Earlier this year, Internet Hall of Famer Dr. Doug Van Houweling explained in a video how, back in the 1980s, he created the network that ran the NSFNet – the foundation on which the Internet was built. He followed up recently in a question-and-answer session that focused on the future of the Internet, key moments in its development and his take on its current challenges. Here’s what he had to say:
Q. In your Internet Hall of Fame acceptance speech in Hong Kong, you spoke about how the Internet can free us to do “things that really matter.” What are some of those things?
A. There’s been a lot of conversation about how the Internet has negatively affected personal interactions -- how kids spend their time online instead of going outside to play with other kids. Well, any new technology affects the way you allocate your time, but I’m hoping that the Internet of Things will automate the more uninteresting parts of our lives so that, for example, your car will change so that you don’t have to hold the steering wheel. In other words, the Internet of Things can free us to do creative, enjoyable things instead of repetitive...
In commenting on the Queen’s first Tweet, sent on October 24, the ABC News show, "This Week with George Stephanopolus," asks if we know when she sent her first email. Hint: Internet Hall Pioneer Peter Kirstein, who took the picture featured in the piece, helped her do it after establishing the first European ARPAnet node to provide transatlantic connectivity.
Gear heads often turn their noses up at DSL. After all, DSL data speeds are often a fraction of those offered by cable broadband suppliers. Plus, DSL (Digital Subscriber Line) is delivered not over coax, but over old-fashioned copper phone lines. How quaint!
But a seemingly low-bandwidth DSL connection could actually deliver data faster than a higher-rated broadband cable connection, according to the father of DSL, Dr. John Cioffi.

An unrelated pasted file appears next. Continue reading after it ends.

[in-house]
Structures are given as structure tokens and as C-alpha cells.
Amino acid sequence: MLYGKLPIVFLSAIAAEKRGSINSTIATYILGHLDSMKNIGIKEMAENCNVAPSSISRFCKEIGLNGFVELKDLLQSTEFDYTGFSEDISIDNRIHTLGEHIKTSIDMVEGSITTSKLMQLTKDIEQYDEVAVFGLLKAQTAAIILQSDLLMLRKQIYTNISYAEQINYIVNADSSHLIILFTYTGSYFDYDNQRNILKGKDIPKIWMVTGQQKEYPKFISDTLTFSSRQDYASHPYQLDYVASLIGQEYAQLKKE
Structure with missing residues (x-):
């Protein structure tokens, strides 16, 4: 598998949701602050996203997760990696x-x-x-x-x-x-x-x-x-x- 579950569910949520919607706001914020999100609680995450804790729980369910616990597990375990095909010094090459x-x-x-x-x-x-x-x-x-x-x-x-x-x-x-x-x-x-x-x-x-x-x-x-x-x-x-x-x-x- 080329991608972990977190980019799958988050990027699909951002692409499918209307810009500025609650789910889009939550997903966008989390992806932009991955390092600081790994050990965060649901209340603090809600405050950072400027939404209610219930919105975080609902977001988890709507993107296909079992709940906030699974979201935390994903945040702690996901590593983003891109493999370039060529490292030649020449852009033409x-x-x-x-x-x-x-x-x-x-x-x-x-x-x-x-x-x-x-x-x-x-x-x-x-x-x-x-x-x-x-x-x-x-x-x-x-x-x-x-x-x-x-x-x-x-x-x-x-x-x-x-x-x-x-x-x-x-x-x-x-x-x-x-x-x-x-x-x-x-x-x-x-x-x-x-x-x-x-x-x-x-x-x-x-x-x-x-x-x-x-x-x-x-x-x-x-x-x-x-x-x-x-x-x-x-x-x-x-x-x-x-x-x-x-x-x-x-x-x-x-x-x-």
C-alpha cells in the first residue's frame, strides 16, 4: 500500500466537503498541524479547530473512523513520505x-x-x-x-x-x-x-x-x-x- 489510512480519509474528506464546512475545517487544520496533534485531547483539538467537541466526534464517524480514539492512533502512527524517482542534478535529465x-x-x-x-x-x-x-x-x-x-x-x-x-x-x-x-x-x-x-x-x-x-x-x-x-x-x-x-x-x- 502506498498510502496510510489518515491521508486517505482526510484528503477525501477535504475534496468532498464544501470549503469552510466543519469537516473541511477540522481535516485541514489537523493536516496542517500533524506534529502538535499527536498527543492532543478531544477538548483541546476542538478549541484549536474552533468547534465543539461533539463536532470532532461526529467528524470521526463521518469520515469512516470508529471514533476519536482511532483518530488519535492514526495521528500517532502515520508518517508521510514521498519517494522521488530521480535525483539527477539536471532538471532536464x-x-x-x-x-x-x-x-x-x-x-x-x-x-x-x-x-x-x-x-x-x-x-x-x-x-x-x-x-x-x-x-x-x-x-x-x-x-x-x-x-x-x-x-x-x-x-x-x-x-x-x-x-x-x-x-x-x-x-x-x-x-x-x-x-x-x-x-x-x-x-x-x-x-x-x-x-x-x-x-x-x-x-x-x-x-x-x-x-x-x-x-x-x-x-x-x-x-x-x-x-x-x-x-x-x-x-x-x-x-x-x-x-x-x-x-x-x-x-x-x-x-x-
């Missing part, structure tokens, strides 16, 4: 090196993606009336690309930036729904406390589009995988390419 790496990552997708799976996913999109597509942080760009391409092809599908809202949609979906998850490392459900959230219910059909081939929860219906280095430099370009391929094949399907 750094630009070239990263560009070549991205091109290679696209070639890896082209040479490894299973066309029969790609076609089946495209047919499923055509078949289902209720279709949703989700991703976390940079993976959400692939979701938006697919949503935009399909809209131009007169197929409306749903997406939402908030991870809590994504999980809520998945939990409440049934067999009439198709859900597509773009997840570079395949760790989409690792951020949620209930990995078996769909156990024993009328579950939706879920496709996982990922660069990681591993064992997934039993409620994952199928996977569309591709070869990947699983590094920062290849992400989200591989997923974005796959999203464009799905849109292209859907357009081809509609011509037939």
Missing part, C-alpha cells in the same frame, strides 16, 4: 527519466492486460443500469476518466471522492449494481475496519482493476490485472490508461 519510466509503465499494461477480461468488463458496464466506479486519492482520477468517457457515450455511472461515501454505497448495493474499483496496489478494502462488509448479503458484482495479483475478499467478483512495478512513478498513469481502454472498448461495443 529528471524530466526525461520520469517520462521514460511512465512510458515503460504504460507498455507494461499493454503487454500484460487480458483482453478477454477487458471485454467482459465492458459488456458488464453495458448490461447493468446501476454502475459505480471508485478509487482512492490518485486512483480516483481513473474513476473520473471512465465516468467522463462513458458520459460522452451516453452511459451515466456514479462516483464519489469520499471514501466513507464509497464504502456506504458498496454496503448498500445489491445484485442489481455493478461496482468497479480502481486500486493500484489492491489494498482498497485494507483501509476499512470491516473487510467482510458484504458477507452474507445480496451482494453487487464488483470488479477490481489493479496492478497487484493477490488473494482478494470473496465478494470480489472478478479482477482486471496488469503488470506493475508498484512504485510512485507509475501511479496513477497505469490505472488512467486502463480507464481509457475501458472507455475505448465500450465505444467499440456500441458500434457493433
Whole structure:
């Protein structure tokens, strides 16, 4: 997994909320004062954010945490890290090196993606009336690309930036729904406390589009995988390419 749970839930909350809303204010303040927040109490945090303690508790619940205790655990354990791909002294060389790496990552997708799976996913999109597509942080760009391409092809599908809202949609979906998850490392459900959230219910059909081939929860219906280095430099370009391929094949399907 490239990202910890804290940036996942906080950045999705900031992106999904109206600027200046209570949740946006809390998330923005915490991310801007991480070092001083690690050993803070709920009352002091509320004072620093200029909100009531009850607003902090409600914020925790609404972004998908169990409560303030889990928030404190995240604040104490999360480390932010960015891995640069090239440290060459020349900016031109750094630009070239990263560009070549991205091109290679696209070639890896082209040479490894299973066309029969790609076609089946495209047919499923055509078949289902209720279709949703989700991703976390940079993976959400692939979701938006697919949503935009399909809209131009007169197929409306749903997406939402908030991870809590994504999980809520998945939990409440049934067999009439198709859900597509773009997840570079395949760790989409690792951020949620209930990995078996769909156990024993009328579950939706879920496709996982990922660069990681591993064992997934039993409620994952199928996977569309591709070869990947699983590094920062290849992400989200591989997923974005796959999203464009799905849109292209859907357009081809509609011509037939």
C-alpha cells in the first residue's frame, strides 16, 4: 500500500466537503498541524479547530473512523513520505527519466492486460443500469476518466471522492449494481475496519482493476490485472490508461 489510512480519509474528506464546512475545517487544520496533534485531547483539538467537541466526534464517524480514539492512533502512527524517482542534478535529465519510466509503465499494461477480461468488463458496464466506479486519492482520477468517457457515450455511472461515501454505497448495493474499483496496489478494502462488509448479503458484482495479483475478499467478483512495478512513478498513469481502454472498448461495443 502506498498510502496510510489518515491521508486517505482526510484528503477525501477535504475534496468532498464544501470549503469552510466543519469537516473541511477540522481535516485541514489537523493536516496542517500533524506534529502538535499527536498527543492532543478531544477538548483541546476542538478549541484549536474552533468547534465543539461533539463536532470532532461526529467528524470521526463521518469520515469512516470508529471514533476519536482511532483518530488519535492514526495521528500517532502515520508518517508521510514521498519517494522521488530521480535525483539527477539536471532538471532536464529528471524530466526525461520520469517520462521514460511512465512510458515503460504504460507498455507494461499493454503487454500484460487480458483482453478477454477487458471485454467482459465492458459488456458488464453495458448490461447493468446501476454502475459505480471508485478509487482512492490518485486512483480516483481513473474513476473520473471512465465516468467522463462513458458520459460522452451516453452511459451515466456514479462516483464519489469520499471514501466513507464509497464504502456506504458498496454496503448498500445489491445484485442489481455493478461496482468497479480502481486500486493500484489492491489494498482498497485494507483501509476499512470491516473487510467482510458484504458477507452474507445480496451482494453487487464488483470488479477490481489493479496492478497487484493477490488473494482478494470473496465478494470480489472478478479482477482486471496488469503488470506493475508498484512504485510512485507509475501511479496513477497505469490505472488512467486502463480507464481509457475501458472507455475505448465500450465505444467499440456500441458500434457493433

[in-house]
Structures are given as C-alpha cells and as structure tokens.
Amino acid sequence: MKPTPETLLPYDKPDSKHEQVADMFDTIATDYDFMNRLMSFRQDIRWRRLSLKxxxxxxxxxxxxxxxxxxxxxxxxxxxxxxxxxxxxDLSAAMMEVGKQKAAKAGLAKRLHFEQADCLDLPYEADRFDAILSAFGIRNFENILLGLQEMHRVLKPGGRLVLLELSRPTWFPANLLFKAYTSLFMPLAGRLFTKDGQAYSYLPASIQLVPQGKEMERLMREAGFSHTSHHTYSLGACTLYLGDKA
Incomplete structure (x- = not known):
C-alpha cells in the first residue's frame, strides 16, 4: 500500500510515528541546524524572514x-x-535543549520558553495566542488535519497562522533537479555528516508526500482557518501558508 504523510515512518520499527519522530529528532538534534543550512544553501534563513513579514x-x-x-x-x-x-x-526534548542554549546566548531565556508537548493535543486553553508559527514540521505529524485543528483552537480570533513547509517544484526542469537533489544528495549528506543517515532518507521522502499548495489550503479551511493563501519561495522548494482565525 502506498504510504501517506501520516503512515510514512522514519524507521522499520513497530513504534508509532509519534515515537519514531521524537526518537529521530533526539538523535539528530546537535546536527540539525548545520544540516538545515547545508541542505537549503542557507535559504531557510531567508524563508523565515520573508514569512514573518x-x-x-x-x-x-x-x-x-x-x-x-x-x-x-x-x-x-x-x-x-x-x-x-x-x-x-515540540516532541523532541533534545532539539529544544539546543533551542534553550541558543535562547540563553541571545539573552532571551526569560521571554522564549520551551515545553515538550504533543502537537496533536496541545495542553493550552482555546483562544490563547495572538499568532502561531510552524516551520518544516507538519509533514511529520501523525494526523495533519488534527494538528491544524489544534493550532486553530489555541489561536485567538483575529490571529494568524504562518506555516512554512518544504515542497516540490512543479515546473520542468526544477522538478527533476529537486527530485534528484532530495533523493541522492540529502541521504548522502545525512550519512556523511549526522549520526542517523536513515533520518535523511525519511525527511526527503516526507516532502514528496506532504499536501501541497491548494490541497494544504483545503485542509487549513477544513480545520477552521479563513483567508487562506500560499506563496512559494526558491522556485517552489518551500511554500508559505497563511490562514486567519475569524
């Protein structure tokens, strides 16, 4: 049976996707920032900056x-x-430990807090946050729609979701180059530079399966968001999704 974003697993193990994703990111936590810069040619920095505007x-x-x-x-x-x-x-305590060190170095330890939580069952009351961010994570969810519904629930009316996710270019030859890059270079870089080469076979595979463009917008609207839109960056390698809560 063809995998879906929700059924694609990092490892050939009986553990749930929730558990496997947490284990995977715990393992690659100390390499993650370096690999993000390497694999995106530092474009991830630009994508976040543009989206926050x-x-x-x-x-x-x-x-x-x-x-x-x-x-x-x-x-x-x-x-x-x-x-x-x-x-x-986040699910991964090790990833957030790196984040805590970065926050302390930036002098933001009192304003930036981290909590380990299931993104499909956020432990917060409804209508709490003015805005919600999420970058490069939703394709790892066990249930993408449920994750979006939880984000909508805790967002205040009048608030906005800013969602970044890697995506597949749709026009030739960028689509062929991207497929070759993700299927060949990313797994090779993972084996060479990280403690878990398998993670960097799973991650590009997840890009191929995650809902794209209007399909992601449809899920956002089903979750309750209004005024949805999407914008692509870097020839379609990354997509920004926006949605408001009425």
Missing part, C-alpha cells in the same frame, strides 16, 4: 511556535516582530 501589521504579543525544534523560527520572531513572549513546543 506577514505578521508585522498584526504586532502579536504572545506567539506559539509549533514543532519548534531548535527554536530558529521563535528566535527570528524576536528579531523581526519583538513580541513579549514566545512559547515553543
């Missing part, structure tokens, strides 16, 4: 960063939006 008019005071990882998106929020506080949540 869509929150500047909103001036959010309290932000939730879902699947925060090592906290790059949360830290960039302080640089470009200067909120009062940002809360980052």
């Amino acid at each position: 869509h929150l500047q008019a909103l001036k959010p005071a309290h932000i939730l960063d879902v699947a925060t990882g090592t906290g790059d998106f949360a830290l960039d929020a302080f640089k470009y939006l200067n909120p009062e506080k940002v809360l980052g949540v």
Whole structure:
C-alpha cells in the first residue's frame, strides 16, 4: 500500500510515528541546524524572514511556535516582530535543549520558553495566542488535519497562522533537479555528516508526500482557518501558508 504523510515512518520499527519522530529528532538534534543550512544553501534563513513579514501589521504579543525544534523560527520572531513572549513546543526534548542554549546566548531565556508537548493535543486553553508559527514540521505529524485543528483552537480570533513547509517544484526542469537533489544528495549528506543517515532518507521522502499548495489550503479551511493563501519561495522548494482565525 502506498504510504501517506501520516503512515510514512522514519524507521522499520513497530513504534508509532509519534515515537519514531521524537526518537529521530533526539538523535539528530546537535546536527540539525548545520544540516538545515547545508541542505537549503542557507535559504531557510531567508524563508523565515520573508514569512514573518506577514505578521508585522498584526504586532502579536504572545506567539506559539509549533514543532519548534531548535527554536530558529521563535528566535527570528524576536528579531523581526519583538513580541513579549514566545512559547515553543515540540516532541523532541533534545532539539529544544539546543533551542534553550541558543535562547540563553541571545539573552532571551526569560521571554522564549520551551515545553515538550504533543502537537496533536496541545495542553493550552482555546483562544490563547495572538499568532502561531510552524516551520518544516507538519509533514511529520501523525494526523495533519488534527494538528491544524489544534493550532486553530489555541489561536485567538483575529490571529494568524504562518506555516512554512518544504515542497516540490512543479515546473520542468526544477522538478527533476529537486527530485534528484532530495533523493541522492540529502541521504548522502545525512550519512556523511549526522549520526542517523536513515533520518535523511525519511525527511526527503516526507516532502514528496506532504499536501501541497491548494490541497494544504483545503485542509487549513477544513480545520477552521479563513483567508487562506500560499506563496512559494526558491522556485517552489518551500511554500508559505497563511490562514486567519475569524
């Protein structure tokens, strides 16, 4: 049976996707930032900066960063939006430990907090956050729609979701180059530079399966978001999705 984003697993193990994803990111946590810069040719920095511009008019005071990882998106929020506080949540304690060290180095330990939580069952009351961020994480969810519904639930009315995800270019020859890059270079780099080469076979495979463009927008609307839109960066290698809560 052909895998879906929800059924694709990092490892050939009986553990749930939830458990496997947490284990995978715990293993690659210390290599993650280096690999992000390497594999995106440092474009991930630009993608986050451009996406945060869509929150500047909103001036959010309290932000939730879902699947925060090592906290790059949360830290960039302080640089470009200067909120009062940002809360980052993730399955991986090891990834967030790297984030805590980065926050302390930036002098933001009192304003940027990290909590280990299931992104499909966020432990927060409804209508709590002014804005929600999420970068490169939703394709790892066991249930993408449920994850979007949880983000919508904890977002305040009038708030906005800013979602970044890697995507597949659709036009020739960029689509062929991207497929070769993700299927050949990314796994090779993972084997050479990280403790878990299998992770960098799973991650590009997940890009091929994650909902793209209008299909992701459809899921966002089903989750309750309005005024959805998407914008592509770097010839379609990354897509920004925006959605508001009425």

"DSL brings its entire data load to a SINGLE home," Dr. Cioffi explains. "Cable systems share their Internet bandwidth – typically 50 Mbps to 300 Mbps – across 500 to 2000 homes. Thus, 50 Mbps divided by 2000 homes simultaneously is indeed a very low speed kbps. Each DSL user has a much higher dedicated bandwidth."
Advancing and proselytizing DSL has been a passion and a mission for Dr. Cioffi, but there was no early inkling of what would become his life's work.
The young Cioffi, a math whiz, got a taste of his future on a family trip to the New York World's Fair in 1964 when he watched a demonstration of AT&T's videophone. "They thought it was impossible to send video over phone lines," Dr. Cioffi recalls. "It planted a seed."
What turned Dr. Cioffi's career toward DSL was a physics course he took as a freshman at the University of Illinois Urbana–Champaign....
Here’s a clip from a TV news program in 1981, about the possibility that news might someday come to our homes via this new development called the Internet. In that year, of course, the anchorperson could have had no idea how profound the impact of the Internet would actually be, affecting her own profession almost as much as that of the newspaper seller seen in the final shot.
Send high-speed data, including video signals, over telephone wires? Impossible! That’s what everyone thought for decades, until Internet Hall of Famer Dr. John Cioffi actually did it, by designing the Digital Subscriber Line (DSL) system. His big challenges were two-fold. The technological one was to come up with a design that could adapt to the more than one billion phone lines around the world; and the other, just as significant, was to come up with partners, including his students at Stanford who provided the workforce, and an early telecom that provided the project’s funding.
DSL, the No. 1 fixed-line technique for Internet communication, is used by more than half a billion people each day – and the number is growing. Here’s what Dr. Cioffi had to say about his achievement, after the Internet Hall of Fame induction ceremonies in Hong Kong earlier this year.